A bomb at all cost
By Ahmad Faruqui, Dawn, June 16, 2008
IS the bomb necessary to Pakistan’s survival? And is Dr Abdul Qadeer Khan, widely credited with being its creator, the mastermind of the global nuclear weapons proliferation ring?
These questions have surfaced yet again because in a recent interview over the telephone to The Washington Post, Dr Khan stated that it was Pakistan’s humiliating defeat in the 1971 war with India that sparked his desire to help Pakistan build the bomb. Khan also said that the development of a nuclear weapons programme was a proud accomplishment for Pakistan, adding that the two rival nations had not gone to war since the atomic explosions in May 1998.
Dr Khan also withdrew the confession that he made on national television in 2004, saying he was coerced into it by people who said, “No one will believe it. This statement has no legal value. Everyone knows you are a national hero.”
Emboldened by Musharraf’s slipping power, Dr Khan has taken the offensive and declared that the Musharraf government was blameworthy for the proliferation of weapons to Iran, Libya and North Korea. He also promised that in due course of time, “the truth will come out”.
Dr Khan seems to have left the door open to having disseminated nuclear weapons technology legally because he claims to have only carried out the government’s bidding and to have briefed then Prime Minister Benazir Bhutto regularly. He also denies violating any laws since Pakistan did not sign the Nuclear Non-Proliferation Treaty. The acclaimed scientist also endorsed the most enduring myth in Pakistan’s strategic culture — survival depends on having, but not using, the bomb since India is Pakistan’s inveterate enemy and the war of 1971 is living proof of its malevolence.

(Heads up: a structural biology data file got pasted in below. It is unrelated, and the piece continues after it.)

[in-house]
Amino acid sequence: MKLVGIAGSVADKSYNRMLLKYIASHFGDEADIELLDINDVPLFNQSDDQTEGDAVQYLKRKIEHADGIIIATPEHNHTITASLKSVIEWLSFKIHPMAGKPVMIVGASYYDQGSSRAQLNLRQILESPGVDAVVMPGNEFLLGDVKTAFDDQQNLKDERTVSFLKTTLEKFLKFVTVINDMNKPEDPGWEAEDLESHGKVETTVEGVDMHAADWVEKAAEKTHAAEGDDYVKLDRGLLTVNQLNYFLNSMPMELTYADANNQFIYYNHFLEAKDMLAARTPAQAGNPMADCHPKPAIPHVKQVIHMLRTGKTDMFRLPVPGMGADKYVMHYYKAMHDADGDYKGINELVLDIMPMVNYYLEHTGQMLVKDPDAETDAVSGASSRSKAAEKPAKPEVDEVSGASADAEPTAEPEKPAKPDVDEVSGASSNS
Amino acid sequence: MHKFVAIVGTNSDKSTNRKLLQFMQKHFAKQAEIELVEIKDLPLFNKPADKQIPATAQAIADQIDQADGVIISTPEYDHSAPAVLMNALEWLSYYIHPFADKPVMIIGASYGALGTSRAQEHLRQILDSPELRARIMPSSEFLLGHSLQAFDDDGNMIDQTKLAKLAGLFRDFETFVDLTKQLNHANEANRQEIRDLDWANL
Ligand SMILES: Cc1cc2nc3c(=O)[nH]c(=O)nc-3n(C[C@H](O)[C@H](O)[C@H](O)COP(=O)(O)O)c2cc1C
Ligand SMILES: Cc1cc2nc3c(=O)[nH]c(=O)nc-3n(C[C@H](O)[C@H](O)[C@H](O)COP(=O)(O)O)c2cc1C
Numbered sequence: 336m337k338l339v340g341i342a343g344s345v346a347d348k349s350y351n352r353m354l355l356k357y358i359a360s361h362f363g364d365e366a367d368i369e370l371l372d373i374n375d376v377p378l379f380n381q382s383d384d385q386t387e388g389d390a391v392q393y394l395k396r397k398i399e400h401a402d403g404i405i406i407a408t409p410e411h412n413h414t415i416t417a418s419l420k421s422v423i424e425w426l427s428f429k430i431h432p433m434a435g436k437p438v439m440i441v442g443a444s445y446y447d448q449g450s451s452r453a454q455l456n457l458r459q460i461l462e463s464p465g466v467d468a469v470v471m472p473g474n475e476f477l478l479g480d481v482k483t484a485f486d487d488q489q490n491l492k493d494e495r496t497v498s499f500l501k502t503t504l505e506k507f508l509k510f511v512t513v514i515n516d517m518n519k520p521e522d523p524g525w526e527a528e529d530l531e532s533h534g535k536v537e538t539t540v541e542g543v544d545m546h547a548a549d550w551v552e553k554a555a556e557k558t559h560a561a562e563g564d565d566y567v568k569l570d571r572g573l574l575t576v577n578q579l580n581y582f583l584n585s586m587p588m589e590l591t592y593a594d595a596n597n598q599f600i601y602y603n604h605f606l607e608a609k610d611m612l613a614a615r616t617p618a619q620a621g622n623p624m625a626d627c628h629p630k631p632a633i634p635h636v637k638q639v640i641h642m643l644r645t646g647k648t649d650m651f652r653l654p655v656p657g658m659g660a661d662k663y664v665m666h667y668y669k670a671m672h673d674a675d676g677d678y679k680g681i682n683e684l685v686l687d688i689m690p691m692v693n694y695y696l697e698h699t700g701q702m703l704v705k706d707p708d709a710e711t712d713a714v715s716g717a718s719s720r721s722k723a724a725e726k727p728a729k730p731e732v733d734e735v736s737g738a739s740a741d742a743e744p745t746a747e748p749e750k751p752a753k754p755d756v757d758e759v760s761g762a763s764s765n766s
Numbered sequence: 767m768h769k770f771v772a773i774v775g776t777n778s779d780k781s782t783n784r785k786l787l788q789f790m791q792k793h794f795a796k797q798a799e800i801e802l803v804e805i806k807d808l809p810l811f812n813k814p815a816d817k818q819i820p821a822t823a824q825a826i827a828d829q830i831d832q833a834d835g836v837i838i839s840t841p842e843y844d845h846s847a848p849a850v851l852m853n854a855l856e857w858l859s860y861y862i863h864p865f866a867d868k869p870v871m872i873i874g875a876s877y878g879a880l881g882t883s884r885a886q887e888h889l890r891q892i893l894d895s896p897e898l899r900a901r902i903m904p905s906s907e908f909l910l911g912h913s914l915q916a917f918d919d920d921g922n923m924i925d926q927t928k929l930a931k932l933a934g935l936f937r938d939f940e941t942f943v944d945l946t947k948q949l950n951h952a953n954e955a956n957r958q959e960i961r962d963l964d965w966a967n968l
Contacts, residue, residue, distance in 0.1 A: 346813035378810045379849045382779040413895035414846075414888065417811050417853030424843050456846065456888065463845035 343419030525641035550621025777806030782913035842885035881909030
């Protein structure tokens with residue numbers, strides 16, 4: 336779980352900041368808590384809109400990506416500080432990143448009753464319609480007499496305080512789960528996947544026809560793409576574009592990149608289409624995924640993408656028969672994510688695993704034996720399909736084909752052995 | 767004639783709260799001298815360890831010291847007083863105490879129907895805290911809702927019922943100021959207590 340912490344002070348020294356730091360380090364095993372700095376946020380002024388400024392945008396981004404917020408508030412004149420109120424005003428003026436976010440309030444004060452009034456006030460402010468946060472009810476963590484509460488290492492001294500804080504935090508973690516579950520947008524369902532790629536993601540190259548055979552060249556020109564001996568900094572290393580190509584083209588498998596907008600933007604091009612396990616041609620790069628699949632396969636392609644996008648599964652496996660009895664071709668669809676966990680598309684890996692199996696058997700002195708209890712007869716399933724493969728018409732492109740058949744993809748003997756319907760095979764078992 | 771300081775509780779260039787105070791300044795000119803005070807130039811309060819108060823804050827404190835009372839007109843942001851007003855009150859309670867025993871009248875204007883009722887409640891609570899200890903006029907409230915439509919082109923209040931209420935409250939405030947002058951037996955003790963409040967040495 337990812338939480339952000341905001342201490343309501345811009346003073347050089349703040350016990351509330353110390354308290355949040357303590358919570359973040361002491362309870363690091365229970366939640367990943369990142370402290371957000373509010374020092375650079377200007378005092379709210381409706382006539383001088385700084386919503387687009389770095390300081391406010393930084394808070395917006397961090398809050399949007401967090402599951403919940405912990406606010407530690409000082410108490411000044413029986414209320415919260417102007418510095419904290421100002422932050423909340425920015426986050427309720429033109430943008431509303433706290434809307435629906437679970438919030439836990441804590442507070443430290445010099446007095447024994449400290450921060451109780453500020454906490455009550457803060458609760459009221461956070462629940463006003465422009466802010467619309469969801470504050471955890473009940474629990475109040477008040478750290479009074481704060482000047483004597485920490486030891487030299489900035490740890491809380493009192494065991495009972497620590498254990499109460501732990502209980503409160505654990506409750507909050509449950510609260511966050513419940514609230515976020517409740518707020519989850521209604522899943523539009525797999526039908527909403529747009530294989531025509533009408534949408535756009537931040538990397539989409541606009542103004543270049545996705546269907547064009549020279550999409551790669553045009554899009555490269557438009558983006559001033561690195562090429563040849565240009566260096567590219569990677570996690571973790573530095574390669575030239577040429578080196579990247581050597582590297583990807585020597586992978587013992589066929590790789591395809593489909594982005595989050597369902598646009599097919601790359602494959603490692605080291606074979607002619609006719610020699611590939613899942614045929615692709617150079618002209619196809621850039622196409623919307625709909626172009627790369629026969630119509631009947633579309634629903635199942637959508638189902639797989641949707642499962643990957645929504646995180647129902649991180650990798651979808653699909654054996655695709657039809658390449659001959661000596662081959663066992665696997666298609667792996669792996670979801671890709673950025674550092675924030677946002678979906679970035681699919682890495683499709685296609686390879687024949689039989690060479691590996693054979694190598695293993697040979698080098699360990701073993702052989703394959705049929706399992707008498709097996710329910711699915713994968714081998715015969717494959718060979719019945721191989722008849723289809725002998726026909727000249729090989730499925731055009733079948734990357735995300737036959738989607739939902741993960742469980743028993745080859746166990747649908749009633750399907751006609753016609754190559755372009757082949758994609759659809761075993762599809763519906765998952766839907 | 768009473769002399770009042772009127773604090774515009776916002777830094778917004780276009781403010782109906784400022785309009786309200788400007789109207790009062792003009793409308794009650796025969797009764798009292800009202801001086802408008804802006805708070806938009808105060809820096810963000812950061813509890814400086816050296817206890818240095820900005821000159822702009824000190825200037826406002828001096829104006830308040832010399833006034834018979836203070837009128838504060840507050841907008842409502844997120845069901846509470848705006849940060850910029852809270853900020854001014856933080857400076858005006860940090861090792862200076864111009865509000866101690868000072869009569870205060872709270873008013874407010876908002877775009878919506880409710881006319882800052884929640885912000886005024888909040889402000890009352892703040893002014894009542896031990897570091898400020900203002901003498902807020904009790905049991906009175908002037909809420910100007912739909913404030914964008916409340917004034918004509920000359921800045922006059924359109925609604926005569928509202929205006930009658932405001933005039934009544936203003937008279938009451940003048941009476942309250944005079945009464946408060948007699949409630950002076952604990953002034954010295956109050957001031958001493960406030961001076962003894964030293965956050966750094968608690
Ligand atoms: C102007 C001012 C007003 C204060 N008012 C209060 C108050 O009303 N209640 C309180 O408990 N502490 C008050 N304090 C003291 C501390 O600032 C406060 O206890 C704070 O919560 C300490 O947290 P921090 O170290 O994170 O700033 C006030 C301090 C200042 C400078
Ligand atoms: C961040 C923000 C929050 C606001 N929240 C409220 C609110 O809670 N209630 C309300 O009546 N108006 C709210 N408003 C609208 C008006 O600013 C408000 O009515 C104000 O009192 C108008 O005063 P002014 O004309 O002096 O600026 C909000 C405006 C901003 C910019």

But this fable does not stand up to the test of history. It was not India that precipitated the civil war in East Pakistan but Gen Yahya’s myopic policies. The civil war triggered a mass exodus of refugees into India which ultimately invited artillery shelling from across the border. Even then, a full-scale war could have been averted. But after Pakistan bombed Indian airfields in the western theatre on Dec 3, defeat in the eastern theatre was a matter of time. The fact that it happened in less than two weeks was simply a comment on how martial law had sapped the fighting will of the Pakistani army.
Going further back in time to August 1965, we find the same symptoms. Based on a misreading of India’s intentions and an exaggerated assessment of its own capabilities, the army sparked a guerrilla insurgency in Indian Kashmir, hoping to stir up a revolt. That never happened. Some of the guerrillas were turned over to Indian authorities by native Kashmiris and spilt the beans on All India Radio.
The full scale war that erupted when India retaliated against Lahore in September was initially touted as a victory by the generals in Rawalpindi. But with the passage of time, and as one Pakistani general after another penned his memoirs, it emerged as a military debacle of immense magnitude; one in which all the mistakes of the misadventure of 1947-48 were repeated on a grander scale, with armour and jet fighters.